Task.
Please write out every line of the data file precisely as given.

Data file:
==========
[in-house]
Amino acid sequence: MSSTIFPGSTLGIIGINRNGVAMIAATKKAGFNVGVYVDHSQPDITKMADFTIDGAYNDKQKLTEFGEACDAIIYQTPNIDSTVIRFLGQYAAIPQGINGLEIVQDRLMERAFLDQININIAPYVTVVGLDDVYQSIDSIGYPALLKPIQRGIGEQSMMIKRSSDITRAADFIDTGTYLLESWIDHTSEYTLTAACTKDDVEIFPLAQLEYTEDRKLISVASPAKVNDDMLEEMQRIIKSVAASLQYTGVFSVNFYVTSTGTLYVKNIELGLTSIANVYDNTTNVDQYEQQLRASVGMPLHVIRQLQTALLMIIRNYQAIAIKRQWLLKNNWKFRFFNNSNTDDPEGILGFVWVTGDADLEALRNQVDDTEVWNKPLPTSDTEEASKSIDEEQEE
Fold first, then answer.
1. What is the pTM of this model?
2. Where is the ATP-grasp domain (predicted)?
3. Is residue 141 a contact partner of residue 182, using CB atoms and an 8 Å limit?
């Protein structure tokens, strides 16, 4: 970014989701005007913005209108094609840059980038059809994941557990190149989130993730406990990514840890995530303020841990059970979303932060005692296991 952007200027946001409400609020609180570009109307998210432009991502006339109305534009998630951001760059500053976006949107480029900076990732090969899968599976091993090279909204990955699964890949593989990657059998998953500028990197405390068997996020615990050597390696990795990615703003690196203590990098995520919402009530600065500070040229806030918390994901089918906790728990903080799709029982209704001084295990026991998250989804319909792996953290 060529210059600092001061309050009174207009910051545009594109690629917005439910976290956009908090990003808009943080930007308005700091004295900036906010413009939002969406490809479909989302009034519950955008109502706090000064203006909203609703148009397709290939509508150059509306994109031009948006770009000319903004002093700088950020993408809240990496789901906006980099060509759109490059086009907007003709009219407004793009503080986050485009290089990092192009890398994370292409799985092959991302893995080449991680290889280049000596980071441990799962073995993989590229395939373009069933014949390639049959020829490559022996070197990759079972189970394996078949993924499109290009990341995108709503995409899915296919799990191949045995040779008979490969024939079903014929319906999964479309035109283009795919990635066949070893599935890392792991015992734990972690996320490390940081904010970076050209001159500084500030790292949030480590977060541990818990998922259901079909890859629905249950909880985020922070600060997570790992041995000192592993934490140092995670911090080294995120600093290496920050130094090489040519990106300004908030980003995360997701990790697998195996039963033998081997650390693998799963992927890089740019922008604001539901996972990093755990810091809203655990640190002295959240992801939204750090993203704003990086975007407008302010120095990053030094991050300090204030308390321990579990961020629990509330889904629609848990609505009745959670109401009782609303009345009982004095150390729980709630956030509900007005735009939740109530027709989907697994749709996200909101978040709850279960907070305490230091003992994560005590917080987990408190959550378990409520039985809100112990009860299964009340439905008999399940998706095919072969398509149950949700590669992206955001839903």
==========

[in-house]
Amino acid sequence: MSSTIFPGSTLGIIGINRNGVAMIAATKKAGFNVGVYVDHSQPDITKMADFTIDGAYNDKQKLTEFGEACDAIIYQTPNIDSTVIRFLGQYAAIPQGINGLEIVQDRLMERAFLDQININIAPYVTVVGLDDVYQSIDSIGYPALLKPIQRGIGEQSMMIKRSSDITRAADFIDTGTYLLESWIDHTSEYTLTAACTKDDVEIFPLAQLEYTEDRKLISVASPAKVNDDMLEEMQRIIKSVAASLQYTGVFSVNFYVTSTGTLYVKNIELGLTSIANVYDNTTNVDQYEQQLRASVGMPLHVIRQLQTALLMIIRNYQAIAIKRQWLLKNNWKFRFFNNSNTDDPEGILGFVWVTGDADLEALRNQVDDTEVWNKPLPTSDTEEASKSIDEEQEE
Fold first, then answer.
1. What is the pTM of this model?
2. Where is the ATP-grasp domain (predicted)?
3. Is residue 141 a contact partner of residue 182, using CB atoms and an 8 Å limit?
């Protein structure tokens, strides 16, 4: 970014989701005007913005209108094609840059980038059809994941557990190149989130993730406990990514840890995530303020841990059970979303932060005692296991 952007200027946001409400609020609180570009109307998210432009991502006339109305534009998630951001760059500053976006949107480029900076990732090969899968599976091993090279909204990955699964890949593989990657059998998953500028990197405390068997996020615990050597390696990795990615703003690196203590990098995520919402009530600065500070040229806030918390994901089918906790728990903080799709029982209704001084295990026991998250989804319909792996953290 060529210059600092001061309050009174207009910051545009594109690629917005439910976290956009908090990003808009943080930007308005700091004295900036906010413009939002969406490809479909989302009034519950955008109502706090000064203006909203609703148009397709290939509508150059509306994109031009948006770009000319903004002093700088950020993408809240990496789901906006980099060509759109490059086009907007003709009219407004793009503080986050485009290089990092192009890398994370292409799985092959991302893995080449991680290889280049000596980071441990799962073995993989590229395939373009069933014949390639049959020829490559022996070197990759079972189970394996078949993924499109290009990341995108709503995409899915296919799990191949045995040779008979490969024939079903014929319906999964479309035109283009795919990635066949070893599935890392792991015992734990972690996320490390940081904010970076050209001159500084500030790292949030480590977060541990818990998922259901079909890859629905249950909880985020922070600060997570790992041995000192592993934490140092995670911090080294995120600093290496920050130094090489040519990106300004908030980003995360997701990790697998195996039963033998081997650390693998799963992927890089740019922008604001539901996972990093755990810091809203655990640190002295959240992801939204750090993203704003990086975007407008302010120095990053030094991050300090204030308390321990579990961020629990509330889904629609848990609505009745959670109401009782609303009345009982004095150390729980709630956030509900007005735009939740109530027709989907697994749709996200909101978040709850279960907070305490230091003992994560005590917080987990408190959550378990409520039985809100112990009860299964009340439905008999399940998706095919072969398509149950949700590669992206955001839903």